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3 definitions found
 for Glad
From The Collaborative International Dictionary of English v.0.48 :

  Glad \Glad\ (gl[a^]d), a. [Compar. Gladder; superl.
     Gladdest.] [AS. gl[ae]d bright, glad; akin to D. glad
     smooth, G. glatt, OHG. glat smooth, shining, Icel. gla[eth]r
     glad, bright, Dan. & Sw. glad glad, Lith. glodas smooth, and
     prob. to L. glaber, and E. glide. Cf. Glabrous.]
     [1913 Webster]
     1. Pleased; joyous; happy; cheerful; gratified; -- opposed to
        sorry, sorrowful, or unhappy; -- said of persons,
        and often followed by of, at, that, or by the infinitive,
        and sometimes by with, introducing the cause or reason.
        [1913 Webster]
  
              A wise son maketh a glad father.      --Prov. x. 1.
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              He that is glad at calamities shall not be
              unpunished.                           --Prov. xvii.
                                                    5.
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              The Trojan, glad with sight of hostile blood.
                                                    --Dryden.
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              He, glad of her attention gained.     --Milton.
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              As we are now glad to behold your eyes. --Shak.
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              Glad am I that your highness is so armed. --Shak.
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     Glad on 't, glad of it. [Colloq.] --Shak.
        [1913 Webster]
  
     2. Wearing a gay or bright appearance; expressing or exciting
        joy; producing gladness; exhilarating.
        [1913 Webster]
  
              Her conversation
              More glad to me than to a miser money is. --Sir P.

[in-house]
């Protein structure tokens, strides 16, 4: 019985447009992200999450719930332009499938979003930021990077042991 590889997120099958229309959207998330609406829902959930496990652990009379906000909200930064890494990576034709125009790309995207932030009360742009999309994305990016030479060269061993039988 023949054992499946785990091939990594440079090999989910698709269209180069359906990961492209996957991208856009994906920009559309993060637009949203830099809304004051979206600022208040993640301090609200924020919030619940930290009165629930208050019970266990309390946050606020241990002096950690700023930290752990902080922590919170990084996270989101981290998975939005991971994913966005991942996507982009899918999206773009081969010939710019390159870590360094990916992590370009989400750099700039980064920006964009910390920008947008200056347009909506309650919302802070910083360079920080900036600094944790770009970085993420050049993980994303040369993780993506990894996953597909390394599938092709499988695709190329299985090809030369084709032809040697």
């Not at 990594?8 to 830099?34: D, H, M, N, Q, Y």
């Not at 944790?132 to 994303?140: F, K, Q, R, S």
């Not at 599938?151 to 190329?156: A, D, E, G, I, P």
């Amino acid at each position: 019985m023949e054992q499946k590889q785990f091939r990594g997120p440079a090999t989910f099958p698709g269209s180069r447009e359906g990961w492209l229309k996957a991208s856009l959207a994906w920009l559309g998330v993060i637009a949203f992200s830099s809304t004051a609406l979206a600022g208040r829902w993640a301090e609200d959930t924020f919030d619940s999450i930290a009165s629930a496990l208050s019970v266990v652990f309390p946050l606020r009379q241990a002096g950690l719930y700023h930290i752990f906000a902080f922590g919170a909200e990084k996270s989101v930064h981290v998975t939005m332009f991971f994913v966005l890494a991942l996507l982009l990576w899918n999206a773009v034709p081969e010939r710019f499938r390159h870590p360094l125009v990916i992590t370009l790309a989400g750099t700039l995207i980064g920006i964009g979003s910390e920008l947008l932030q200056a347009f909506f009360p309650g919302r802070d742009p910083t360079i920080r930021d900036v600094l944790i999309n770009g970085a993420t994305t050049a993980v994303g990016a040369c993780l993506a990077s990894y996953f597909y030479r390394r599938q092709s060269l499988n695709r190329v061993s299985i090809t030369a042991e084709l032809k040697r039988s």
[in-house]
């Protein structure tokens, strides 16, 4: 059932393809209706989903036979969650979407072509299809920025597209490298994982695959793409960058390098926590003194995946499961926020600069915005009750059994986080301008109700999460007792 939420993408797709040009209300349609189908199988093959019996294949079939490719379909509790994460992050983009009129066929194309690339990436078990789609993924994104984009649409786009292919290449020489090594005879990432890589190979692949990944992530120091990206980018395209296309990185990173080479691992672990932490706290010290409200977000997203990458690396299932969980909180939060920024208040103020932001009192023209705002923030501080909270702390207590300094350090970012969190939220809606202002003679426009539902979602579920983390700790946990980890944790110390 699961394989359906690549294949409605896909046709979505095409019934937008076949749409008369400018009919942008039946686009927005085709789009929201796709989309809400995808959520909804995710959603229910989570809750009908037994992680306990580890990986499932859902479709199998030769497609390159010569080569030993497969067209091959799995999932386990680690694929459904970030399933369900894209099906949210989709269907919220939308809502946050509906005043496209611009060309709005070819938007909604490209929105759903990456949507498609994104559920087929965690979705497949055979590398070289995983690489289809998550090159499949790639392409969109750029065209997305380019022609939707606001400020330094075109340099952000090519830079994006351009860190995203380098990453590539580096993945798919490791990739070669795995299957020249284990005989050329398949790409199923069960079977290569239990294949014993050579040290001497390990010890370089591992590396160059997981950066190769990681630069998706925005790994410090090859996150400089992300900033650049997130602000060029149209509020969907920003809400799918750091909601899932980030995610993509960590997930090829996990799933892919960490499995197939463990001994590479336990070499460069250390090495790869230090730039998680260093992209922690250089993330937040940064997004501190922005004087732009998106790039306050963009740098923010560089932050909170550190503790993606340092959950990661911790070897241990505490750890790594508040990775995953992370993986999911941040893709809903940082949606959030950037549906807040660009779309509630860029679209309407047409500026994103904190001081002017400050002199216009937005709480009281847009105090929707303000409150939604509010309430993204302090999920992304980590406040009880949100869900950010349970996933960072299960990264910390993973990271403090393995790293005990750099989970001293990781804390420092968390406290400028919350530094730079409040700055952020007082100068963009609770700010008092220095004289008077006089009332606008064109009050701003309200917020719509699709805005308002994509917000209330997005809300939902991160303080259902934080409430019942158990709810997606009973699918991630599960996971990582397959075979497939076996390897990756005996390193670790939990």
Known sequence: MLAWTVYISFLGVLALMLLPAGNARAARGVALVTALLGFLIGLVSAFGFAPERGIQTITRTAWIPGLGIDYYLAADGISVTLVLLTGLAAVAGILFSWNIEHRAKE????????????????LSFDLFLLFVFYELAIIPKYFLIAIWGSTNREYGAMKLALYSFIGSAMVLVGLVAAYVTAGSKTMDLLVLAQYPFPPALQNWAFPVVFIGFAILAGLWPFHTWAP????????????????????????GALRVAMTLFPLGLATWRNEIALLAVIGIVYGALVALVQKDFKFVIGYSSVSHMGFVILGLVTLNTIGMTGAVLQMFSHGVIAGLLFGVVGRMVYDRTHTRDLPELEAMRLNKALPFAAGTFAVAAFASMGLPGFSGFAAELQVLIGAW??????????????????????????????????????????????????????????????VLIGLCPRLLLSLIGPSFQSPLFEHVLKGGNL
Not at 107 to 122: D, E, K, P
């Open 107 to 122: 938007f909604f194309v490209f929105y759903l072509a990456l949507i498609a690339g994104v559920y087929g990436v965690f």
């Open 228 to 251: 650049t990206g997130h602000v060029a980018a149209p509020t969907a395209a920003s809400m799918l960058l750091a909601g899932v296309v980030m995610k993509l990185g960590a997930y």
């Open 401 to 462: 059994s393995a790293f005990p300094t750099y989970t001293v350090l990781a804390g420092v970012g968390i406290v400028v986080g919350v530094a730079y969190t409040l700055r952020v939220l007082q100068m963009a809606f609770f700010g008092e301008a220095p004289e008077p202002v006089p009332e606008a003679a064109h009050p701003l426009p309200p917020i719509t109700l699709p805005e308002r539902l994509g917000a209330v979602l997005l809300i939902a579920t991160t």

Sidney.
        [1913 Webster]
  
              Glad evening and glad morn crowned the fourth day.
                                                    --Milton.
  
     Syn: Pleased; gratified; exhilarated; animated; delighted;
          happy; cheerful; joyous; joyful; cheering; exhilarating;
          pleasing; animating.
  
     Usage: Glad, Delighted, Gratified. Delighted expresses
            a much higher degree of pleasure than glad. Gratified
            always refers to a pleasure conferred by some human
            agent, and the feeling is modified by the
            consideration that we owe it in part to another. A
            person may be glad or delighted to see a friend, and
            gratified at the attention shown by his visits.
            [1913 Webster]

From The Collaborative International Dictionary of English v.0.48 :

  Glad \Glad\, v. t. [imp. & p. p. Gladded; p. pr. & vb. n.
     Gladding.] [AS. gladian. See Glad, a., and cf. Gladden,
     v. t.]
     To make glad; to cheer; to gladden; to exhilarate. --Chaucer.
     [1913 Webster]
  
           That which gladded all the warrior train. --Dryden.
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           Each drinks the juice that glads the heart of man.
                                                    --Pope.
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From The Collaborative International Dictionary of English v.0.48 :

  Glad \Glad\, v. i.
     To be glad; to rejoice. [Obs.] --Massinger.
     [1913 Webster]

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